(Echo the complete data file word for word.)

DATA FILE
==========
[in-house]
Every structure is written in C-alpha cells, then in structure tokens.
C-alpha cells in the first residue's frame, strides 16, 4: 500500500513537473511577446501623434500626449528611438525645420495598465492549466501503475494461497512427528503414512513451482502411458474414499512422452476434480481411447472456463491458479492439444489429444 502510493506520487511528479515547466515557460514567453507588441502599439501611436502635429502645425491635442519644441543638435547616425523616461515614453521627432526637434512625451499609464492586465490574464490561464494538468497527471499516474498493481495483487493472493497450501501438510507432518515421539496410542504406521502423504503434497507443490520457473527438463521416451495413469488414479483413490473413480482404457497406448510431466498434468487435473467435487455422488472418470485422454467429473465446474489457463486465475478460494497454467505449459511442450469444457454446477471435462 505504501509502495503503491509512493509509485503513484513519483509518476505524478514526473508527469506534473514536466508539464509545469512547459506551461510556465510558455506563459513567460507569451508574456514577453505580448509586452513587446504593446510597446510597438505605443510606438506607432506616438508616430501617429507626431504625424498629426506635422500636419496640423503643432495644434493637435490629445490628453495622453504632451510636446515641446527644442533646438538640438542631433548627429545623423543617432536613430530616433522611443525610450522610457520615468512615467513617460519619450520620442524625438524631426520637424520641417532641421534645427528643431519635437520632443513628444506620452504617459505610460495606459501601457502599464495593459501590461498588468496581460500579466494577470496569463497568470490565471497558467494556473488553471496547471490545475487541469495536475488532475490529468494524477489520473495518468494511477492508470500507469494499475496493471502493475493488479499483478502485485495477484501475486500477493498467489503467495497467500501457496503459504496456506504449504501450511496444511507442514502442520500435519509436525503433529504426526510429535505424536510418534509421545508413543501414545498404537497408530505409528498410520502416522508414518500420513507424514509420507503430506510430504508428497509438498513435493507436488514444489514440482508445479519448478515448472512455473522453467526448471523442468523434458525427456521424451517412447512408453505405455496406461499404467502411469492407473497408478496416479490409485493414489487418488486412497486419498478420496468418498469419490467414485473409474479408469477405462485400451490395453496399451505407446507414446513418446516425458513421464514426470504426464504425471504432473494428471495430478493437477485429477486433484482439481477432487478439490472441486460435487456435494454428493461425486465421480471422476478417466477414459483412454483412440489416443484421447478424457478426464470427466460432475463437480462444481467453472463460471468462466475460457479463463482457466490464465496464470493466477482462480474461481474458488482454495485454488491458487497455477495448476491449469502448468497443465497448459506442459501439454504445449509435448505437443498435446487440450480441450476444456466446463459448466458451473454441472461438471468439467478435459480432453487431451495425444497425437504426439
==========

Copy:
[in-house]
Every structure is written in C-alpha cells, then in structure tokens.
C-alpha cells in the first residue's frame, strides 16, 4: 500500500513537473511577446501623434500626449528611438525645420495598465492549466501503475494461497512427528503414512513451482502411458474414499512422452476434480481411447472456463491458479492439444489429444 502510493506520487511528479515547466515557460514567453507588441502599439501611436502635429502645425491635442519644441543638435547616425523616461515614453521627432526637434512625451499609464492586465490574464490561464494538468497527471499516474498493481495483487493472493497450501501438510507432518515421539496410542504406521502423504503434497507443490520457473527438463521416451495413469488414479483413490473413480482404457497406448510431466498434468487435473467435487455422488472418470485422454467429473465446474489457463486465475478460494497454467505449459511442450469444457454446477471435462 505504501509502495503503491509512493509509485503513484513519483509518476505524478514526473508527469506534473514536466508539464509545469512547459506551461510556465510558455506563459513567460507569451508574456514577453505580448509586452513587446504593446510597446510597438505605443510606438506607432506616438508616430501617429507626431504625424498629426506635422500636419496640423503643432495644434493637435490629445490628453495622453504632451510636446515641446527644442533646438538640438542631433548627429545623423543617432536613430530616433522611443525610450522610457520615468512615467513617460519619450520620442524625438524631426520637424520641417532641421534645427528643431519635437520632443513628444506620452504617459505610460495606459501601457502599464495593459501590461498588468496581460500579466494577470496569463497568470490565471497558467494556473488553471496547471490545475487541469495536475488532475490529468494524477489520473495518468494511477492508470500507469494499475496493471502493475493488479499483478502485485495477484501475486500477493498467489503467495497467500501457496503459504496456506504449504501450511496444511507442514502442520500435519509436525503433529504426526510429535505424536510418534509421545508413543501414545498404537497408530505409528498410520502416522508414518500420513507424514509420507503430506510430504508428497509438498513435493507436488514444489514440482508445479519448478515448472512455473522453467526448471523442468523434458525427456521424451517412447512408453505405455496406461499404467502411469492407473497408478496416479490409485493414489487418488486412497486419498478420496468418498469419490467414485473409474479408469477405462485400451490395453496399451505407446507414446513418446516425458513421464514426470504426464504425471504432473494428471495430478493437477485429477486433484482439481477432487478439490472441486460435487456435494454428493461425486465421480471422476478417466477414459483412454483412440489416443484421447478424457478426464470427466460432475463437480462444481467453472463460471468462466475460457479463463482457466490464465496464470493466477482462480474461481474458488482454495485454488491458487497455477495448476491449469502448468497443465497448459506442459501439454504445449509435448505437443498435446487440450480441450476444456466446463459448466458451473454441472461438471468439467478435459480432453487431451495425444497425437504426439